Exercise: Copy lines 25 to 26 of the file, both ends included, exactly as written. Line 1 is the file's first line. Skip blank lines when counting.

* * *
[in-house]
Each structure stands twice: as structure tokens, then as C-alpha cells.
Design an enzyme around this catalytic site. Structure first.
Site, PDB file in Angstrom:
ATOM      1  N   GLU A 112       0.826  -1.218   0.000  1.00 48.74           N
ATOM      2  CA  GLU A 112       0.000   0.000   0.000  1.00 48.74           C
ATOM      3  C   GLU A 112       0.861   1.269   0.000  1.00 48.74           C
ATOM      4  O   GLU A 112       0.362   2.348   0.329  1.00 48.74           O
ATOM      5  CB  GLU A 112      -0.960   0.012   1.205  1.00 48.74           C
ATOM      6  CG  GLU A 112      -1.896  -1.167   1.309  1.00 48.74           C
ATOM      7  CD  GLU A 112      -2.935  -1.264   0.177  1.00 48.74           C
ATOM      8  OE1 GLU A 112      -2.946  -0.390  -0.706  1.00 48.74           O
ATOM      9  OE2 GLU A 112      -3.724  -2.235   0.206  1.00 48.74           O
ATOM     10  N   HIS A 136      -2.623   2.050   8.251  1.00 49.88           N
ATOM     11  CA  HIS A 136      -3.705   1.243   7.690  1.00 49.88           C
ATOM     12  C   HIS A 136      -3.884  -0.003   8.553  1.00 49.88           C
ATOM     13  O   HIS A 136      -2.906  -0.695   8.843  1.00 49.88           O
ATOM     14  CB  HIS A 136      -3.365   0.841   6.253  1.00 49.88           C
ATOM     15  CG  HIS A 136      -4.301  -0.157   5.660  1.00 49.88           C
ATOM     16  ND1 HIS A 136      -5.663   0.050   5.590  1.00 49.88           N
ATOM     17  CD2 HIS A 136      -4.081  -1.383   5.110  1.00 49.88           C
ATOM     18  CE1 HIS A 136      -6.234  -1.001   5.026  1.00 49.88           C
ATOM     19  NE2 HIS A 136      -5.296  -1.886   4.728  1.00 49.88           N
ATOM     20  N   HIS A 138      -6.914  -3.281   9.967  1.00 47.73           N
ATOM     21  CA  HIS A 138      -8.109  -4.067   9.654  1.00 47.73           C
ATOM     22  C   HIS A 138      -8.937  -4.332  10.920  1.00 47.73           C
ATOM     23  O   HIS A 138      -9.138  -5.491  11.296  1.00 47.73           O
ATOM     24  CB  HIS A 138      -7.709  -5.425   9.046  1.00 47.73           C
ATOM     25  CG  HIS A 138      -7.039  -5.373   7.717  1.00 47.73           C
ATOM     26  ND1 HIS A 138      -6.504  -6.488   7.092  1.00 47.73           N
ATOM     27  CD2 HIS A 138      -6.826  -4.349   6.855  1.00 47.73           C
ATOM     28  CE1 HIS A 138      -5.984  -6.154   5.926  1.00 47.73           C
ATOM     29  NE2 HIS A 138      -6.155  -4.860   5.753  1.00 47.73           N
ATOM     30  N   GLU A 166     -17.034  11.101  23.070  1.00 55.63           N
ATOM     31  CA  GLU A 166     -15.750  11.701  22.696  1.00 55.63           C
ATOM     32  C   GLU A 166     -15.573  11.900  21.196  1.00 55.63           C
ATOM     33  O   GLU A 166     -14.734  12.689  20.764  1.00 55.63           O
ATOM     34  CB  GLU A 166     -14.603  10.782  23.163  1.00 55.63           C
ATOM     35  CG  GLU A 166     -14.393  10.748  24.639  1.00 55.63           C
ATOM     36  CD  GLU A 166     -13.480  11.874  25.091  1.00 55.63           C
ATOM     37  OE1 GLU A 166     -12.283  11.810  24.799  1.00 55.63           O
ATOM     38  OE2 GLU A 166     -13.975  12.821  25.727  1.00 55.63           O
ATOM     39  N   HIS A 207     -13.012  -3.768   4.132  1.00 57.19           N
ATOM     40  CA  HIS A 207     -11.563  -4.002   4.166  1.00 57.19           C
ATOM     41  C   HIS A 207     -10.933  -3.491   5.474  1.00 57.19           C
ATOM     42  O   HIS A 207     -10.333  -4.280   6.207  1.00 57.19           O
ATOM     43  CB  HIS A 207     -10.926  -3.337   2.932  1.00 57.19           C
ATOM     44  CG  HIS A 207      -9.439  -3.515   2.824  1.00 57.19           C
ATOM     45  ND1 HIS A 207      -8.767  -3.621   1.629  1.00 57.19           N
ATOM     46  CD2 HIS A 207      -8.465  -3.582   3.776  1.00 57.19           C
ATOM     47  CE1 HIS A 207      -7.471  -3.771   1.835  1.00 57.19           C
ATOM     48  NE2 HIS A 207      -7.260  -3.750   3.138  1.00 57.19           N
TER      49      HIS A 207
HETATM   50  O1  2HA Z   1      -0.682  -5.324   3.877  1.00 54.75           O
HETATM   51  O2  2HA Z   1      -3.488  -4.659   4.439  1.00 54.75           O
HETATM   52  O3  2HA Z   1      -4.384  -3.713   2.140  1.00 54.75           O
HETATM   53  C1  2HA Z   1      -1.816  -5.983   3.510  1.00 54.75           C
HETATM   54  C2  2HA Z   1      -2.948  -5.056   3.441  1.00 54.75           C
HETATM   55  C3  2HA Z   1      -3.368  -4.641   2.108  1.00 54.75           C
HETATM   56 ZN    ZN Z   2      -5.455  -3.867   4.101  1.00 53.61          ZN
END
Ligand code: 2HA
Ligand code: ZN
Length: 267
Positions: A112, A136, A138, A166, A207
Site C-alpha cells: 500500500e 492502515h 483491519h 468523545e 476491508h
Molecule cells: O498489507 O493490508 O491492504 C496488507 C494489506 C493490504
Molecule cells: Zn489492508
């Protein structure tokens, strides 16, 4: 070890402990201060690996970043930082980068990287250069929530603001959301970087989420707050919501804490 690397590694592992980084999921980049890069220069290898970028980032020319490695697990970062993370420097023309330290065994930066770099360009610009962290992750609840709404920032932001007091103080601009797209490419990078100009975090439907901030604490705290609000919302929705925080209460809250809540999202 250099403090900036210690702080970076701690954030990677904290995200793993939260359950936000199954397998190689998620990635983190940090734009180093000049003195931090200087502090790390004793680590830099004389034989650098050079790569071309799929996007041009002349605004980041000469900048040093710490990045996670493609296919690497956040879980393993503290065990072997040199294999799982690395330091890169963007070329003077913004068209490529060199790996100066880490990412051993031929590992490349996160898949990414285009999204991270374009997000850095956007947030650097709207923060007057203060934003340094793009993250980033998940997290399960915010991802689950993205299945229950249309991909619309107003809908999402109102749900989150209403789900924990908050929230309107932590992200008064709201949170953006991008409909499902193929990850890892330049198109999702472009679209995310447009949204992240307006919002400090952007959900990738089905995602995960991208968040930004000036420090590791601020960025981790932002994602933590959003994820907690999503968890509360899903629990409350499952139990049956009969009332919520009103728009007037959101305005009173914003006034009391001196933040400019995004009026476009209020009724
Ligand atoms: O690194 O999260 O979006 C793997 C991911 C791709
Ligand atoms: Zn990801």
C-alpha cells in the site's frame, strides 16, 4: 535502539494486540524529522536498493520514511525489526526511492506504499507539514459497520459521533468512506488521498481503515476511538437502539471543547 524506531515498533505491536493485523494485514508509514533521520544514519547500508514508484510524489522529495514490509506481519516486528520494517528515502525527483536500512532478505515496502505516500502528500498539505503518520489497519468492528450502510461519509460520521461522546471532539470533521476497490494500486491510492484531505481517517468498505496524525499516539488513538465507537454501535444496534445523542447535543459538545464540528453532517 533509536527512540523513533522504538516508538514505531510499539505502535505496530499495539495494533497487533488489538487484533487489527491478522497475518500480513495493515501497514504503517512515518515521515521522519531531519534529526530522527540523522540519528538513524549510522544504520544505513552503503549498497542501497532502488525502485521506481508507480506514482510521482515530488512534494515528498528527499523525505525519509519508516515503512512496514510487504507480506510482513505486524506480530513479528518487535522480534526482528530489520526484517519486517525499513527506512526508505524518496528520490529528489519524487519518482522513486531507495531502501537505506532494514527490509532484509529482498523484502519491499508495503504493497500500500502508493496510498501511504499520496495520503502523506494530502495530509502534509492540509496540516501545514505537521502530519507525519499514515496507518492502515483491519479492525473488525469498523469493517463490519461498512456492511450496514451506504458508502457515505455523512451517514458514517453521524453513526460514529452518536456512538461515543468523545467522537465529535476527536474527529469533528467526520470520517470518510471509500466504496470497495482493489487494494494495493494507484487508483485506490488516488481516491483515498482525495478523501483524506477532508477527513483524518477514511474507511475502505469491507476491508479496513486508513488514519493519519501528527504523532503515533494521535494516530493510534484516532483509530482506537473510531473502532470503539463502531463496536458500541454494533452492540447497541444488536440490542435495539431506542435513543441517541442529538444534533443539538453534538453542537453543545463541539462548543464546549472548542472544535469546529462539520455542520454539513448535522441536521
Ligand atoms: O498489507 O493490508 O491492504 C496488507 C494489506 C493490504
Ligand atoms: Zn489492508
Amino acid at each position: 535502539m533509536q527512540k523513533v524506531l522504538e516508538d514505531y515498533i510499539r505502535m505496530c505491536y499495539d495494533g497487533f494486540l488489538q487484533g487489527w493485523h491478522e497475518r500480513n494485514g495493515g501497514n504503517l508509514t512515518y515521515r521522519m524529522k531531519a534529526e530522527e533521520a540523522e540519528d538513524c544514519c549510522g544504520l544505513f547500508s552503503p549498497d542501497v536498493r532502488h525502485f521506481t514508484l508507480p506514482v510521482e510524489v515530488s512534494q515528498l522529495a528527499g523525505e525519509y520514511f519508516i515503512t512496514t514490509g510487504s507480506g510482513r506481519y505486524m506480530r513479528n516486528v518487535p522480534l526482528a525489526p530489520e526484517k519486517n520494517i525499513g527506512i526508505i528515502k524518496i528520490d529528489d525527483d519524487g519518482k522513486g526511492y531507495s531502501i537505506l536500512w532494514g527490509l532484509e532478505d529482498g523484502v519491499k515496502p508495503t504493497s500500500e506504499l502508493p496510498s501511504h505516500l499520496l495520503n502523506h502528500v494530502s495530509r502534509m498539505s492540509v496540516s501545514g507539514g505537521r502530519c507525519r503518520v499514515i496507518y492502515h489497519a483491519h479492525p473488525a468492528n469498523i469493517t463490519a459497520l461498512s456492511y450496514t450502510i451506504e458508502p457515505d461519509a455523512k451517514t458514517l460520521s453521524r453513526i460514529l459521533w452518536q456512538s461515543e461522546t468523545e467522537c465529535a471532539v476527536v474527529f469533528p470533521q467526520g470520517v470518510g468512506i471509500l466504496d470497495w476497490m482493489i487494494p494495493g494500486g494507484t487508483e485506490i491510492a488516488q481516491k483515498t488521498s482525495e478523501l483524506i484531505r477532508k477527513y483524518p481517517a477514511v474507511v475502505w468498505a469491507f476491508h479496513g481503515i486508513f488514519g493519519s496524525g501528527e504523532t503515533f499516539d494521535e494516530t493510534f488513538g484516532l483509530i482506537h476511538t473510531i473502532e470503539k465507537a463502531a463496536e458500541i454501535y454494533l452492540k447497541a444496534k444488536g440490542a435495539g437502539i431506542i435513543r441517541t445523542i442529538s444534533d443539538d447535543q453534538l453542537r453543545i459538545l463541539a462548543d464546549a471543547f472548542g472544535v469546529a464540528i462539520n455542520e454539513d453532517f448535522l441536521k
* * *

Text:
ATOM     21  CA  HIS A 138      -8.109  -4.067   9.654  1.00 47.73           C
ATOM     22  C   HIS A 138      -8.937  -4.332  10.920  1.00 47.73           C